Ontario health officials are investigating two cases of listeriosis that appear to be linked to salami recalled from stores in Ontario and Quebec about three months ago. 

The salami is sold by Siena Foods based in Toronto and was voluntarily recalled by the manufacturer on Dec. 21, 2009, the Canadian Food Inspection Agency said Wednesday. The best before date on the packaged meat is May 4, 2010.

Ontario health officials say they've been told two men became ill and are recovering at home. The officials wouldn't say where the men live.

An alert has gone out to public health units across the province to watch for other possible cases.

The Ontario Health Ministry is investigating to try to determine where and when the salami was bought and whether it was sold after the recall.

Consumers can check foods in their refrigerators against a list of recalled products on the Canadian Food Inspection Agency's website.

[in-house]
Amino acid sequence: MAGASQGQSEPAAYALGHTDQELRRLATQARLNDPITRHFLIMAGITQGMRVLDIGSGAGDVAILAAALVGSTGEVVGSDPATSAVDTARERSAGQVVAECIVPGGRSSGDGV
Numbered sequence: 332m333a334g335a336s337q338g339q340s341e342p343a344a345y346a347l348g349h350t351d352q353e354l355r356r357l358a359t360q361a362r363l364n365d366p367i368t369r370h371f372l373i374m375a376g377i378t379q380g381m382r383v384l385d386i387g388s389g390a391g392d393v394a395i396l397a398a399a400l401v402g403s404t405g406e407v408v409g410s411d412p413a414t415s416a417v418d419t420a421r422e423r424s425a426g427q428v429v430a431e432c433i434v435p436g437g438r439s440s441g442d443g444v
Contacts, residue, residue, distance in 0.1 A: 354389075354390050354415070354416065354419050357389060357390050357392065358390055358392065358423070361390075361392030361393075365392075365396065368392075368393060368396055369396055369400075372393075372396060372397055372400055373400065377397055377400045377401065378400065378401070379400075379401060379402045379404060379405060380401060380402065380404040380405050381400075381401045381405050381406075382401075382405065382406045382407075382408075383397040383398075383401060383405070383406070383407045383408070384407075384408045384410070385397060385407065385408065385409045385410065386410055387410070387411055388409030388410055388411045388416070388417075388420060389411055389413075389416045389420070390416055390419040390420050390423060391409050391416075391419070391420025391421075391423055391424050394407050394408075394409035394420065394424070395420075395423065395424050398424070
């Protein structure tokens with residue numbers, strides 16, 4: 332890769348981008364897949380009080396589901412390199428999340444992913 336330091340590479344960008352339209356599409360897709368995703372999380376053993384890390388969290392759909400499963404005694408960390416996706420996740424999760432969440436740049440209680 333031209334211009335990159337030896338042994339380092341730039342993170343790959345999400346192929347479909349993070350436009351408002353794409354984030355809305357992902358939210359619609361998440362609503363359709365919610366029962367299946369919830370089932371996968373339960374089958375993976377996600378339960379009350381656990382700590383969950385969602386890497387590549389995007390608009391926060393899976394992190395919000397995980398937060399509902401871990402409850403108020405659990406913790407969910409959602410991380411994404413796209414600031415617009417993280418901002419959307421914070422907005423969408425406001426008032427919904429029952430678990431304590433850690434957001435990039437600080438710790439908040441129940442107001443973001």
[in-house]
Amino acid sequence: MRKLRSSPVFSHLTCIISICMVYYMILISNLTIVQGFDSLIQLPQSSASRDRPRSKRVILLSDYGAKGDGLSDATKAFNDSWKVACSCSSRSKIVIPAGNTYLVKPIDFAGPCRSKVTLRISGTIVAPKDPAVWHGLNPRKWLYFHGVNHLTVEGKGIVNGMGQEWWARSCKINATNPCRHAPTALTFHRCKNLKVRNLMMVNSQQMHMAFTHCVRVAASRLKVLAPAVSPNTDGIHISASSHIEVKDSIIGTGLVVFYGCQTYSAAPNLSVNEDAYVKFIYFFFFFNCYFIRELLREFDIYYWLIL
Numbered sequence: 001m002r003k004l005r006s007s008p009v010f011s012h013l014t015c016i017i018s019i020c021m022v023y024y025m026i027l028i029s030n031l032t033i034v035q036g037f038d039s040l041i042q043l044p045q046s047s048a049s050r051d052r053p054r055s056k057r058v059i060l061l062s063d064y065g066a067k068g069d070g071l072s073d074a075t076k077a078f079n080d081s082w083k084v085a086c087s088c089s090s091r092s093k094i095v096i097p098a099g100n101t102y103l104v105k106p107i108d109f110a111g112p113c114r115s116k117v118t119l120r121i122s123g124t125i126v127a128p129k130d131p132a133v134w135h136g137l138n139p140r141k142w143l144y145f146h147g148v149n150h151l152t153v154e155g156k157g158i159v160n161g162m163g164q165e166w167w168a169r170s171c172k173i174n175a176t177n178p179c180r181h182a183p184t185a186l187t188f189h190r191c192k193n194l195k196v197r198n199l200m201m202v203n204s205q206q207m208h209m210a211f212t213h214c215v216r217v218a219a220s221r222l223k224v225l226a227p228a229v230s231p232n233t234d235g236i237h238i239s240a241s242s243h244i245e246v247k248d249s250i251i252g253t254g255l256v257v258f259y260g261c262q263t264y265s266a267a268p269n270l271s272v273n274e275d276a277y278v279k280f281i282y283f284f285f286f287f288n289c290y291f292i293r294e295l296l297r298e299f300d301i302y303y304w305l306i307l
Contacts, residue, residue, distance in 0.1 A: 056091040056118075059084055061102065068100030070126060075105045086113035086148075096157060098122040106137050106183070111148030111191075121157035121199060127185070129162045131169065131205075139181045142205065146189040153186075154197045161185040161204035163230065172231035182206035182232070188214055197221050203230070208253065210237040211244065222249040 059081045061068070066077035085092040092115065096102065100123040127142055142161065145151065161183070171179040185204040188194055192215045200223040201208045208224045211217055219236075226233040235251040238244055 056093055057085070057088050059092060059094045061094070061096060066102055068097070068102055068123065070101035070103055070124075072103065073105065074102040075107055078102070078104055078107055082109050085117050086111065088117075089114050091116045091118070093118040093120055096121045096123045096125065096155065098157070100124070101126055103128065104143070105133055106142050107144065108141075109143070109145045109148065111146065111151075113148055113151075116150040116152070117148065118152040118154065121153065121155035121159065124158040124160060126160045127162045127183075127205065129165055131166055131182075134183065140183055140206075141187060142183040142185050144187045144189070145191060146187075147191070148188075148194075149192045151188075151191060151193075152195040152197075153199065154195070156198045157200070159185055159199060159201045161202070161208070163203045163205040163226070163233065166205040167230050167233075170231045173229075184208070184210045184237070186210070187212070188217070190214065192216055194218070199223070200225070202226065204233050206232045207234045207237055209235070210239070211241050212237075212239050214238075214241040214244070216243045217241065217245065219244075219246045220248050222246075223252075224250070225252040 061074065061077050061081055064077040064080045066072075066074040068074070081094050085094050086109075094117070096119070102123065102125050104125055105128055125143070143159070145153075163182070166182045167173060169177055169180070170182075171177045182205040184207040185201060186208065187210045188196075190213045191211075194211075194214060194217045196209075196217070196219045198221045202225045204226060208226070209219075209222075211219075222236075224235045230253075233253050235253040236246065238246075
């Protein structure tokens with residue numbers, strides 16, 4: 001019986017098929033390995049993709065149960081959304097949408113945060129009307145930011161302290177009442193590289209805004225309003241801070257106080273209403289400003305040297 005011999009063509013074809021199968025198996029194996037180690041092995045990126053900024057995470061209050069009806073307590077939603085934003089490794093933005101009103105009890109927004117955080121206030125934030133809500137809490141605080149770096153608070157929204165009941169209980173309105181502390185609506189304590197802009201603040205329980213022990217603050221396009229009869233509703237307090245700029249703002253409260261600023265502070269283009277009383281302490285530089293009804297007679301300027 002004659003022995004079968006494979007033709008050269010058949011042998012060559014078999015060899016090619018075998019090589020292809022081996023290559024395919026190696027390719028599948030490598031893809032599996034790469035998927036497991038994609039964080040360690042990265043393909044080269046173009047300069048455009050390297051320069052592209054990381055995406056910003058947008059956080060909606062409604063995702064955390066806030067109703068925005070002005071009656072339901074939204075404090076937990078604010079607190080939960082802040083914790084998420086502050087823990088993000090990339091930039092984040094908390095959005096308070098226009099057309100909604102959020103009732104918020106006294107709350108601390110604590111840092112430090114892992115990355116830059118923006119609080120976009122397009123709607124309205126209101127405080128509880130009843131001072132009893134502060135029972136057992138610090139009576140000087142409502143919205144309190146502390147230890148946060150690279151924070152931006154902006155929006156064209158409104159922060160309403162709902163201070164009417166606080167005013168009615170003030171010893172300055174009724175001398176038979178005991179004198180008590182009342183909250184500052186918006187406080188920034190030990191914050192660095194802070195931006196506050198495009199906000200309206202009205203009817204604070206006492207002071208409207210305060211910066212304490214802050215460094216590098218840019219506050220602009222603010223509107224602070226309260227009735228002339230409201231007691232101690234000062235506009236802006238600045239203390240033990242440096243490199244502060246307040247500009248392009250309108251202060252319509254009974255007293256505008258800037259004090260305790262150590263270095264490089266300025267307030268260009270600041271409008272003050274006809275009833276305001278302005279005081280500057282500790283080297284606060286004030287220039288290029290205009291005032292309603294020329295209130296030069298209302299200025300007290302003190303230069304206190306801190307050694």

Food contaminated with Listeria monocytogenes may not look or smell spoiled. Eating food contaminated with the bacteria may cause listeriosis, a food-borne illness.

Listeriosis can cause high fever, severe headache, neck stiffness and nausea.

Pregnant women, the elderly and people with weakened immune systems are particularly at risk. Infected pregnant women may experience only a mild, flu-like illness, but infections during pregnancy can lead to premature delivery, infection of the newborn or stillbirth.